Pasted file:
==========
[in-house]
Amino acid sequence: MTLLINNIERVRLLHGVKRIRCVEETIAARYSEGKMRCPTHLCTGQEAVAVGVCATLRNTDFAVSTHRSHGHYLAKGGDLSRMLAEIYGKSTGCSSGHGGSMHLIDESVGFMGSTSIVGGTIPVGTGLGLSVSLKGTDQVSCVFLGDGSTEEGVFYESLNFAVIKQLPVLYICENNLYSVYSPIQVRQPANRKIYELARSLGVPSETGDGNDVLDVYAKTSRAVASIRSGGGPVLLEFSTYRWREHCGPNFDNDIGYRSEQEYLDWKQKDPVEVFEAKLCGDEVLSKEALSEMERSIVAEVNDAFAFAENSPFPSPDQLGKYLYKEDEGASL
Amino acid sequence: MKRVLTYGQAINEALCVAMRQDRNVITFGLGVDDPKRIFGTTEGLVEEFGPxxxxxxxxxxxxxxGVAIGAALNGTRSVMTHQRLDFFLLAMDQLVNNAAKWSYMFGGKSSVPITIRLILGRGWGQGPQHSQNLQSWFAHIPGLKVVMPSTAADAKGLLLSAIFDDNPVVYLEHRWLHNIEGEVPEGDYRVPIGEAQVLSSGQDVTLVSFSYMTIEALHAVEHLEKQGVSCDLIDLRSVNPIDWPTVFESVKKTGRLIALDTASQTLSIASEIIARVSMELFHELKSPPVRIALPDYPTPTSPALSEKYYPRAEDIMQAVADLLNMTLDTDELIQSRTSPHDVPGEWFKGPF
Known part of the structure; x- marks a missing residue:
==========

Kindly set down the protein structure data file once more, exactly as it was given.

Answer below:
[in-house]
Amino acid sequence: MTLLINNIERVRLLHGVKRIRCVEETIAARYSEGKMRCPTHLCTGQEAVAVGVCATLRNTDFAVSTHRSHGHYLAKGGDLSRMLAEIYGKSTGCSSGHGGSMHLIDESVGFMGSTSIVGGTIPVGTGLGLSVSLKGTDQVSCVFLGDGSTEEGVFYESLNFAVIKQLPVLYICENNLYSVYSPIQVRQPANRKIYELARSLGVPSETGDGNDVLDVYAKTSRAVASIRSGGGPVLLEFSTYRWREHCGPNFDNDIGYRSEQEYLDWKQKDPVEVFEAKLCGDEVLSKEALSEMERSIVAEVNDAFAFAENSPFPSPDQLGKYLYKEDEGASL
Amino acid sequence: MKRVLTYGQAINEALCVAMRQDRNVITFGLGVDDPKRIFGTTEGLVEEFGPxxxxxxxxxxxxxxGVAIGAALNGTRSVMTHQRLDFFLLAMDQLVNNAAKWSYMFGGKSSVPITIRLILGRGWGQGPQHSQNLQSWFAHIPGLKVVMPSTAADAKGLLLSAIFDDNPVVYLEHRWLHNIEGEVPEGDYRVPIGEAQVLSSGQDVTLVSFSYMTIEALHAVEHLEKQGVSCDLIDLRSVNPIDWPTVFESVKKTGRLIALDTASQTLSIASEIIARVSMELFHELKSPPVRIALPDYPTPTSPALSEKYYPRAEDIMQAVADLLNMTLDTDELIQSRTSPHDVPGEWFKGPF
Known part of the structure; x- marks a missing residue: